Nursing Home Arbitration Agreement Not Enforced

While the parties to an arbitration agreement may agree to “arbitrate threshold issues concerning the arbitration agreement,” issues concerning whether a contract was actually formed should be decided by a court.

In Edwards v. Allenbrooke Nursing and Rehabilitation Center, LLC, No. W2016-02553-COA-R3-CV (Tenn. Ct. App. Oct. 26, 2017), plaintiff sued defendant nursing home for wrongful death and health care liability claims regarding the death of plaintiff’s mother. Defendant moved to compel arbitration, attaching to its motion an arbitration agreement and Appointment of Surrogate. The Appointment of Surrogate was signed by a different daughter on April 18, 2012, and purported to give the daughter “authority to make all health care related decisions for” the mother, although the daughter’s name was erroneously put into the blank instead of the mother’s name. This Surrogate form was signed by the mother the next day. The arbitration agreement had been signed by the other daughter on April 18, “the day before Mother signed the Appointment of Surrogate form.”

The trial court denied defendant’s motion to compel arbitration, finding that the other daughter “did not have the authority to make a health care decision on behalf of Mother pursuant to the Tennessee Health Care Decisions Act, regardless of any discrepancy about the dates on the relevant documents.” The trial court pointed out that Tenn. Code Ann. § 68-11-1806 provides that a “surrogate may make a health care decision for a patient who is an adult…if, and only if: The patient has been determined by the designated physician to lack capacity…” Here, Mother’s physician specifically noted on April 20th that Mother did not lack capacity. Accordingly, the trial court “concluded that [the other sister] did not have the authority to sign the arbitration agreement on Mother’s behalf as her surrogate.” Further, the trial court noted that because the form listed the daughter’s name instead of the mother’s, it was “flawed and as such void from the beginning.” The Court of Appeals affirmed.

On appeal, defendant focused solely on whether the trial court should have decided the issue of enforceability of the arbitration agreement, or whether the issue should have been sent to arbitration. The Court of Appeals noted that while parties can agree to arbitrate “threshold issues concerning the arbitration agreement” and that such an agreement should be enforced, “the court must be satisfied that the making of the agreement for arbitration…is not in issue.” (internal citations and quotations omitted). The Court stated:

…[A] court, rather than an arbitrator, must resolve the parties’ formation dispute. Although there is a federal policy favoring arbitration, that policy does not override the principle of consent. Accordingly, a challenge to the formation of a contract is a question to be resolved by the court. In sum, when a party claims it never concluded an agreement at all, it is for the court, not the arbitrator, to determine whether the parties agreed to the arbitration provision upon which the party seeking arbitration relies.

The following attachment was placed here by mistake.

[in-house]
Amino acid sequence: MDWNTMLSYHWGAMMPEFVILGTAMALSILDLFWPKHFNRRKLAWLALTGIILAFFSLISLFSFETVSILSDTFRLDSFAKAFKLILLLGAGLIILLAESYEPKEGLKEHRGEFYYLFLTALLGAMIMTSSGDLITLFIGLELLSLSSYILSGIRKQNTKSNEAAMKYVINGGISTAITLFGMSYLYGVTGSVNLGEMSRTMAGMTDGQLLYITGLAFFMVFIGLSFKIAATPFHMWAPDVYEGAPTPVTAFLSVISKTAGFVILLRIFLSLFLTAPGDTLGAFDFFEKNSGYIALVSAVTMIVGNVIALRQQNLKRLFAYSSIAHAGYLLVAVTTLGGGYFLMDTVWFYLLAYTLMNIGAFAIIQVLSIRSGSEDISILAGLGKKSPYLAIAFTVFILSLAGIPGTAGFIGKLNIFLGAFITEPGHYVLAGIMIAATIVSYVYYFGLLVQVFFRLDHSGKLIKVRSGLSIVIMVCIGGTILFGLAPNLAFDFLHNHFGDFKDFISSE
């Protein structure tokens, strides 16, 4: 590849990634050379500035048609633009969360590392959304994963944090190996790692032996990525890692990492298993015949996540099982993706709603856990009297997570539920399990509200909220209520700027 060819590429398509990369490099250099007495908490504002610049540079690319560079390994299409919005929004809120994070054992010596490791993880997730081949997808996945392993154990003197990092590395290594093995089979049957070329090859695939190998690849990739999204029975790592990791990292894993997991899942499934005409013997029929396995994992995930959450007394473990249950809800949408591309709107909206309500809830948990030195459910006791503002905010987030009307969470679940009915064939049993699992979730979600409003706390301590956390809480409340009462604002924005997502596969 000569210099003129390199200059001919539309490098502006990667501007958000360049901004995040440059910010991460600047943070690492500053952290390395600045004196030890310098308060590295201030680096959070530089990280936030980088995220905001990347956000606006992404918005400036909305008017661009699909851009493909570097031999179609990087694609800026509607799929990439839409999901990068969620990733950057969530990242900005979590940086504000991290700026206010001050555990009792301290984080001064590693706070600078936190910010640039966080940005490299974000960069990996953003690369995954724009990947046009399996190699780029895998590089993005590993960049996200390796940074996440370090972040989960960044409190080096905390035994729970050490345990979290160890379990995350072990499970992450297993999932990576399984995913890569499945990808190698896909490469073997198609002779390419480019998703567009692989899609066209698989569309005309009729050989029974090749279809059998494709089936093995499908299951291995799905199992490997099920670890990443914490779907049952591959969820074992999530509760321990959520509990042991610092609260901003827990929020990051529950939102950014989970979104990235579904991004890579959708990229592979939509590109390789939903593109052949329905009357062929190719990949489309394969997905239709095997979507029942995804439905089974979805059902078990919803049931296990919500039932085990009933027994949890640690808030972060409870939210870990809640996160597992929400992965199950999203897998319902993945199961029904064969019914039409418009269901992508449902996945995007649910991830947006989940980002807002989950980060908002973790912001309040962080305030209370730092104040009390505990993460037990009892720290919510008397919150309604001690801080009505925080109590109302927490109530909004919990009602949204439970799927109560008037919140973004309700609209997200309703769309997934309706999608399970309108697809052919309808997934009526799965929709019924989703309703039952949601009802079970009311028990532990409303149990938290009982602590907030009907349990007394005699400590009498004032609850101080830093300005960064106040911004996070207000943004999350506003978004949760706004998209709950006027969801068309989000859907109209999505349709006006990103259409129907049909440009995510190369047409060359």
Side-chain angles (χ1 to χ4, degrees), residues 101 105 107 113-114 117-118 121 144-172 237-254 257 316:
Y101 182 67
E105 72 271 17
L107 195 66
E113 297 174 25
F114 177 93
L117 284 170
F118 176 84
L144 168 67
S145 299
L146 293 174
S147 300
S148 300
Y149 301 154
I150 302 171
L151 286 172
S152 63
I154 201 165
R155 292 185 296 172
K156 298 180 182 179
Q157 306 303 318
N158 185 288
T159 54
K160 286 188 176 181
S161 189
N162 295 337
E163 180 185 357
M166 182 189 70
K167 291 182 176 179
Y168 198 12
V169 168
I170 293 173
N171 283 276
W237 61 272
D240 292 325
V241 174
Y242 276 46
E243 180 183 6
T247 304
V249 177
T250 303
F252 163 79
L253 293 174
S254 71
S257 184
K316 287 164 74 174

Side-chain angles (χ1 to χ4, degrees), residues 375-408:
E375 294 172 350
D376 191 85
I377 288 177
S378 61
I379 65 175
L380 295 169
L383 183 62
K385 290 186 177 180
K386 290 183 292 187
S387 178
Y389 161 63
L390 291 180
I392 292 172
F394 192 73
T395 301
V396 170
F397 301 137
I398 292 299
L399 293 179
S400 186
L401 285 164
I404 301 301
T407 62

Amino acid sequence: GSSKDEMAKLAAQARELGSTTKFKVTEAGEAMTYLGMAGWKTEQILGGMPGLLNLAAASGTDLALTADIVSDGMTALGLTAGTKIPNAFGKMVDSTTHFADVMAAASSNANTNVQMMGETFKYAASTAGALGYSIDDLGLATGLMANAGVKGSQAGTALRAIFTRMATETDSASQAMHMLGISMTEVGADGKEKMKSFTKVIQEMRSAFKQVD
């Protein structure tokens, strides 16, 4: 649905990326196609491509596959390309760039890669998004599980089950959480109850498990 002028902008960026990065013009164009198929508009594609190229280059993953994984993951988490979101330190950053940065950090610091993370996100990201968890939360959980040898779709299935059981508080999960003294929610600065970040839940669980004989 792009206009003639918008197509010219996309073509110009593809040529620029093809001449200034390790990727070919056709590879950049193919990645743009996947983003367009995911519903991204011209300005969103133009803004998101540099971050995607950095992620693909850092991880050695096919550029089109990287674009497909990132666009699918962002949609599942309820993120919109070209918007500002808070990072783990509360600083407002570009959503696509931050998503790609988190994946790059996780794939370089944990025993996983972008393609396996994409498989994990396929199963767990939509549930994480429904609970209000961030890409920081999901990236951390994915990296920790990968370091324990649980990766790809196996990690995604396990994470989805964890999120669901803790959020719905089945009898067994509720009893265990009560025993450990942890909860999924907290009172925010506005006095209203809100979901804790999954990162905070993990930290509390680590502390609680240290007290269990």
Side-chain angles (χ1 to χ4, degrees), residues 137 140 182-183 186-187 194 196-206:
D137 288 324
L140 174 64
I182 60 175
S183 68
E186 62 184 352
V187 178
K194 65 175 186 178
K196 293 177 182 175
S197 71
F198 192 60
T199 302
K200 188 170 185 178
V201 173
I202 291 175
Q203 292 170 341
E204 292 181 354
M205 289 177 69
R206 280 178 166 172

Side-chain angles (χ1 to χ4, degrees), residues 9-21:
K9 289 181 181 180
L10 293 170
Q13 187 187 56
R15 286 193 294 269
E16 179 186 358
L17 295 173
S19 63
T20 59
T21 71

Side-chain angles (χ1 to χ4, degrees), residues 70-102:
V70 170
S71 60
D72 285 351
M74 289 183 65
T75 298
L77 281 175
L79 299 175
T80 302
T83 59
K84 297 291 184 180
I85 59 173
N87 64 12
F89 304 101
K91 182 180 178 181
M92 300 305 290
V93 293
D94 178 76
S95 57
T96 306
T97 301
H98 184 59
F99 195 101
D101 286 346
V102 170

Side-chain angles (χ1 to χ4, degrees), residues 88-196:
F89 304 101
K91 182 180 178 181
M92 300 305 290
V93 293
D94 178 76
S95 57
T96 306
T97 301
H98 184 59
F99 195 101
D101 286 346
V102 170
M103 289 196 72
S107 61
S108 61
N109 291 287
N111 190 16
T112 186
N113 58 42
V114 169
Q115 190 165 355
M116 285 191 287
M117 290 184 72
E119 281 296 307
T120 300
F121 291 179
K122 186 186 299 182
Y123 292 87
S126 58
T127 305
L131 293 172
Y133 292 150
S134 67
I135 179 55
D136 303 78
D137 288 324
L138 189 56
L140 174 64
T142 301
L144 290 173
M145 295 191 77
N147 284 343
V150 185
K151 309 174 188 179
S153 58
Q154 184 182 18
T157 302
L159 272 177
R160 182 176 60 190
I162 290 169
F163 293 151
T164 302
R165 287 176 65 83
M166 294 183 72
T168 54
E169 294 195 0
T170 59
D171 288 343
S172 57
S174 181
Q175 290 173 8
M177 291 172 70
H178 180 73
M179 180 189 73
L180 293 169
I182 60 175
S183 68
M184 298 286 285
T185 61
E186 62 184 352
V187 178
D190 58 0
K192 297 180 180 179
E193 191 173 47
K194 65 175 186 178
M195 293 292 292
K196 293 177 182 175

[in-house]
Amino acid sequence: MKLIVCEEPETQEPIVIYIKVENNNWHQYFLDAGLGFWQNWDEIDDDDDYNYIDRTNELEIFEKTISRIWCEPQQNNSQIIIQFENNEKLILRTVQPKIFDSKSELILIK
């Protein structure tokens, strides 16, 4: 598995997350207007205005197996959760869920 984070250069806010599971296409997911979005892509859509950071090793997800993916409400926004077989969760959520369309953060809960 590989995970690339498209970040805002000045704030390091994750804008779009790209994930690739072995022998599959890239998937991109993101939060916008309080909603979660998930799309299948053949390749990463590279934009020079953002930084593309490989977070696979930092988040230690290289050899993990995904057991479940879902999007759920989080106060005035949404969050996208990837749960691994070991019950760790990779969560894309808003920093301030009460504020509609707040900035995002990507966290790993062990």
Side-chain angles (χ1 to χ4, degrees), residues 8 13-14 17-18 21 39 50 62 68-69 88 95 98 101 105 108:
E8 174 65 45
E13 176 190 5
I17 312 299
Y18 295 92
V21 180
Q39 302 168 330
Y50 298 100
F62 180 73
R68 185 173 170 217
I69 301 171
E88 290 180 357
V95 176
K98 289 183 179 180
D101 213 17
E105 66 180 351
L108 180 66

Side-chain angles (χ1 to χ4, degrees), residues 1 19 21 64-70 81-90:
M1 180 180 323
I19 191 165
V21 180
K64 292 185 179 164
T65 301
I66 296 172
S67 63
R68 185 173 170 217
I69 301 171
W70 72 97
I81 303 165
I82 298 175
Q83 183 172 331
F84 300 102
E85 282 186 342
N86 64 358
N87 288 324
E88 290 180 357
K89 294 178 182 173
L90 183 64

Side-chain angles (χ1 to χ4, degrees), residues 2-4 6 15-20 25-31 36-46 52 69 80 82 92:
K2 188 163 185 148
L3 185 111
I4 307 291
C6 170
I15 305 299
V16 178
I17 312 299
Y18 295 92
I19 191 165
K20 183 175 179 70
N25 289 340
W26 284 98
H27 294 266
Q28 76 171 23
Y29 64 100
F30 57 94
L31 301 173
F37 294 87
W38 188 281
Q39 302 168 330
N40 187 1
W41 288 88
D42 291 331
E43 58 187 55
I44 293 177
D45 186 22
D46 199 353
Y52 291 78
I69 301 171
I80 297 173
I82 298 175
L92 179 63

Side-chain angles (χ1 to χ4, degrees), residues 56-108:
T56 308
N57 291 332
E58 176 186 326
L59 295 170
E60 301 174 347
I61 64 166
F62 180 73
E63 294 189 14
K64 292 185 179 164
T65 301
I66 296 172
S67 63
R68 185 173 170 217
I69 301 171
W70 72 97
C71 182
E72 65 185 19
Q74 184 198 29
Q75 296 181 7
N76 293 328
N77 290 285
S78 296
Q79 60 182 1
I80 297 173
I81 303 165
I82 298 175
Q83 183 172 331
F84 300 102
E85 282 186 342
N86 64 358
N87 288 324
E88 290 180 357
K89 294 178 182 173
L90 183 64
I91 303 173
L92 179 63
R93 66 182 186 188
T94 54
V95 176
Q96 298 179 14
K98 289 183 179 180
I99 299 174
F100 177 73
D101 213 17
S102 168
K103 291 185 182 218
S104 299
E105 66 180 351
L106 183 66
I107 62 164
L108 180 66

(internal citations and quotations omitted). One issue that has been cited as one to be decided by the court is “the signor’s lack of authority to bind the principal.” (internal citation omitted).

Because the trial court here was faced with plaintiff’s argument that the signor of the arbitration agreement lacked authority to bind the mother, the Court of Appeals held that the trial court “did not err in deciding these issues rather than referring them to an arbitrator.” The Court found that defendant “did not carry its burden of establishing that [the other daughter] had authority to execute the arbitration agreement on Mother’s behalf,” and thus affirmed the trial court’s denial of the motion to compel arbitration. The Court of Appeals further affirmed the denial of defendant’s assertion that it should have been allowed to conduct discovery “in the arbitral forum,” noting that the issue regarding contract formation had to be resolved first. If no contract was formed, then plaintiff was not bound to conduct any proceedings via arbitration.

This was the correct result in this case. While arbitration agreements are often enforced, the one at issue here had several shortcomings, including date discrepancies, name errors, and the fact that the person for whom a surrogate was allegedly appointed was found to not lack capacity. Under these circumstances, the Court was right to deny enforcement of this arbitration agreement, and the Court correctly ruled that the issue in this case was one of formation that should be decided by a court

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